- Council Aberdeenshire
- Parish Drumblade
- Former Region Grampian
- Former District Gordon
- Former County Aberdeenshire
Lessendrum House, 1837, Archibald Simpson. Although now given up almost entirely to the ivy, the few diagonal chimneystacks that rise out of the remains of the 1928 fire, point to the vigour and wit of Simpson's 'pocket Gothic ruin'.
Remodelling a 17th-century house for the Bissets, the 'oldest established line in all Aberdeenshire' with Norman roots, Simpson showed considerable freedom in providing a richly fenestrated two-storey house with a wealth of turrets, one ogeecapped like Newe. Circular doocot with two rat courses; 18th or early 19th century.
Taken from "Aberdeenshire: Donside and Strathbogie - An Illustrated Architectural Guide", by Ian Shepherd, 2006. Published by the Rutland Press http://www.rias.org.uk
NJ54SE 7.00 57856 41565
NJ54SE 7.01 58315 41487 Dovecot
NJ54SE 7.02 5756 4144 Home Farm
NJ54SE 7.03 5721 4198 North Lodge
NJ54SE 7.04 5729 4153 Moss of Lessendrum
NJ54SE 7.05 5772 4165 (new and present) Lessendrum House
NJ54SE 7.06 5803 4158 Baron's Gate
NJ54SE 7.07 5829 4221 East Lodge
(NJ 5785 4155) Lessendrum (NR)
OS 6" map, Aberdeenshire, 2nd ed., (1928)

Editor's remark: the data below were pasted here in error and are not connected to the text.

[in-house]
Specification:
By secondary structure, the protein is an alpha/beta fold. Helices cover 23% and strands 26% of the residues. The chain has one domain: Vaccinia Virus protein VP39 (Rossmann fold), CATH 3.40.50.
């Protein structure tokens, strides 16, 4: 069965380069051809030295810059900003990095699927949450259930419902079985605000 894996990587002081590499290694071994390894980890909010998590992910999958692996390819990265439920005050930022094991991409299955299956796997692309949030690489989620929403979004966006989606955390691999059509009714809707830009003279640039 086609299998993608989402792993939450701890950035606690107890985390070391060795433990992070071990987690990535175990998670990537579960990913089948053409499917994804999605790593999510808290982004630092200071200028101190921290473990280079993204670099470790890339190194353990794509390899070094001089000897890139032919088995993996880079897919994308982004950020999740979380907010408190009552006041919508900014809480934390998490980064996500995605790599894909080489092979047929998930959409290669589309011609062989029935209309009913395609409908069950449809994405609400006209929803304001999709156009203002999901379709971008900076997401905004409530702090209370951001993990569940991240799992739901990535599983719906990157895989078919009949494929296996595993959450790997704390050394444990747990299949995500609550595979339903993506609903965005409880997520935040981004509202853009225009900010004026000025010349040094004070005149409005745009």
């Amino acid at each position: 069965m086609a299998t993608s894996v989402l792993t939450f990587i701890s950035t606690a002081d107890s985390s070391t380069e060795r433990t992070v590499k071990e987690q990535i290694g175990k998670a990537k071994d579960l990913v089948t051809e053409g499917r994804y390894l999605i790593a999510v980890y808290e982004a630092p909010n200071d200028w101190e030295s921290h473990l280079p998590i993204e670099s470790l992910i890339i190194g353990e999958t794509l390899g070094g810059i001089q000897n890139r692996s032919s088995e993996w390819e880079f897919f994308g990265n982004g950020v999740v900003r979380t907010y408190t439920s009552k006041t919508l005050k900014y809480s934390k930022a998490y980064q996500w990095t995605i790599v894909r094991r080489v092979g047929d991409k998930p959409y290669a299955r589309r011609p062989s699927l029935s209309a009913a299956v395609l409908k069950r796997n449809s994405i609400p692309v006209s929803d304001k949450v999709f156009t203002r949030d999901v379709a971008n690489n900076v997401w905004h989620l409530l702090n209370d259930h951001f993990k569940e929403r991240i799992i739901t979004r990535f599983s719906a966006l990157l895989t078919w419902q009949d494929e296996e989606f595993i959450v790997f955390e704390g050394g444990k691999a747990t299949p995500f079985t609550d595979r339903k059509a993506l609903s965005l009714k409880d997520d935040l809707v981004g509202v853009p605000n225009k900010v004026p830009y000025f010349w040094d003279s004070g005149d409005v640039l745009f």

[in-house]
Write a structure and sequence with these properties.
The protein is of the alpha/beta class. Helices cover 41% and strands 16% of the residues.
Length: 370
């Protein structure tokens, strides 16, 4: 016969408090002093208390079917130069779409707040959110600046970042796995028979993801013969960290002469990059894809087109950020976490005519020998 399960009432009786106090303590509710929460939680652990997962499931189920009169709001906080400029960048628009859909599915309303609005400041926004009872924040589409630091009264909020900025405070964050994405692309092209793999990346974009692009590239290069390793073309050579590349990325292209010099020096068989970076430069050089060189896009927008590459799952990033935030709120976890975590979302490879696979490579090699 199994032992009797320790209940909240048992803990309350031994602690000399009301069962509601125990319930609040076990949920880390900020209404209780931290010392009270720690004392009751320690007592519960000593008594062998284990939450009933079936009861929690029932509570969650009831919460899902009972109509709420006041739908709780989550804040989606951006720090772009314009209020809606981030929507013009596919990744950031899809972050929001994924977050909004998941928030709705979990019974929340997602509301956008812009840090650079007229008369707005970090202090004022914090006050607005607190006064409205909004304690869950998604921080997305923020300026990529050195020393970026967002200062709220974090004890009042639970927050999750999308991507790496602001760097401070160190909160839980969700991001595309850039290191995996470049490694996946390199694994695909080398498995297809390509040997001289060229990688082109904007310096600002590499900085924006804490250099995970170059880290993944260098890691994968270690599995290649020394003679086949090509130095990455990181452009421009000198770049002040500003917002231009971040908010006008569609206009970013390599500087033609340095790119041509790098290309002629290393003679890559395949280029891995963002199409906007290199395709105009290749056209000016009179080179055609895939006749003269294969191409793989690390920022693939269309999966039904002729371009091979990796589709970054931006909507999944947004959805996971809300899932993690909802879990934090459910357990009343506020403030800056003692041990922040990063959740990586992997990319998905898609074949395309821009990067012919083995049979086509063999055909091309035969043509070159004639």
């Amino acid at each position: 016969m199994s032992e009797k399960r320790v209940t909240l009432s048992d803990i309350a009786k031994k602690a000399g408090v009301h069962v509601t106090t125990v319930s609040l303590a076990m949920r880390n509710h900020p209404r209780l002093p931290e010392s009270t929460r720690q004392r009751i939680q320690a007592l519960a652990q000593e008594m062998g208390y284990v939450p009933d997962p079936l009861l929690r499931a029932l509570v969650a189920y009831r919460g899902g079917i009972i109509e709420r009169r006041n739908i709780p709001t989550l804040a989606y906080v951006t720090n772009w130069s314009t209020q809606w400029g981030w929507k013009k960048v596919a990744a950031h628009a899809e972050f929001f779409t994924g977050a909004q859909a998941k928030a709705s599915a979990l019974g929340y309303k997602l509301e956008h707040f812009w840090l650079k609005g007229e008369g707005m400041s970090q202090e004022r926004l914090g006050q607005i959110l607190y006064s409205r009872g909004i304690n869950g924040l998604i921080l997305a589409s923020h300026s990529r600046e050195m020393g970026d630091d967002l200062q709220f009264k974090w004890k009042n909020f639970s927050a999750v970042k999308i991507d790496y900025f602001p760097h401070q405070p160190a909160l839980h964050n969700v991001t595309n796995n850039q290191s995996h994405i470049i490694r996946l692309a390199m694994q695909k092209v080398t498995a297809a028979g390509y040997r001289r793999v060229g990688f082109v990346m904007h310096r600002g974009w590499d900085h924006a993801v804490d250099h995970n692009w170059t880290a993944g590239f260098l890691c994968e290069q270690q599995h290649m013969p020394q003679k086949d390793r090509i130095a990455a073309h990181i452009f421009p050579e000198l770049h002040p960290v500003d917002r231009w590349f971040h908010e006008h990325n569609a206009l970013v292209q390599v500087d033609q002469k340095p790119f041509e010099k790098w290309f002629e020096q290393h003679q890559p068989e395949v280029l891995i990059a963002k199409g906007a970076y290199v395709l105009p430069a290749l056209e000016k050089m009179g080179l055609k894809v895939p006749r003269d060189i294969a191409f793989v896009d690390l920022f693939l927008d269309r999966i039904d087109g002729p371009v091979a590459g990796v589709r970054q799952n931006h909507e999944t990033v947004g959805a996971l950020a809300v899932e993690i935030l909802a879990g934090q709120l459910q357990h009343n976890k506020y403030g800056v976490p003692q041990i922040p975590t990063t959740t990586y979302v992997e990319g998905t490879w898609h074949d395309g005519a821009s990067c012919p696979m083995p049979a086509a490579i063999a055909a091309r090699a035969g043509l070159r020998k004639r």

Lessendrum: a mansion which dates as far back as 1470 but was enlarged in 1816 and in 1836.
Name Book 1871.
Lessendurm is now a ruin, although the walls still stand to roof-level.
Visited by OS (EGC) 2 October 1961.
The roofless ruin of Lessendrum House stands within extensive, heavily-wooded grounds. The building comprises an earlier house, probably dating from the 17th century, to which additions were made in 1837 by Archibald Simpson. The earlier house, a two-storey structure, was L-shaped on plan and provided a core for the later additions made to the NW side.
Architectural features of 17th century date include the fireplace surrounds in the NW wing of the earlier house and a roll-moulding in re-use in the NW wall. The later house was burnt out about 1921.
Visited by RCAHMS (IS) 9 November 1983.
Asymmetrical house in a Jacobean style, incorporating 17th century fabric but enlarged in both 1816 and 1837. The earlier L-plan house provided a core for Archibald Simpson's 1837 additions to the north west side. 17th century roll-moulding has been reused in the walling of this section. The first floor piano nobile is counterbalanced by the remodelled roofline, with a 3 storey tower to the left (once ogee-capped) and slender pinnacles framing a canted bay to the outer right. Tall diagonal-shafted chinmeys once sat above.
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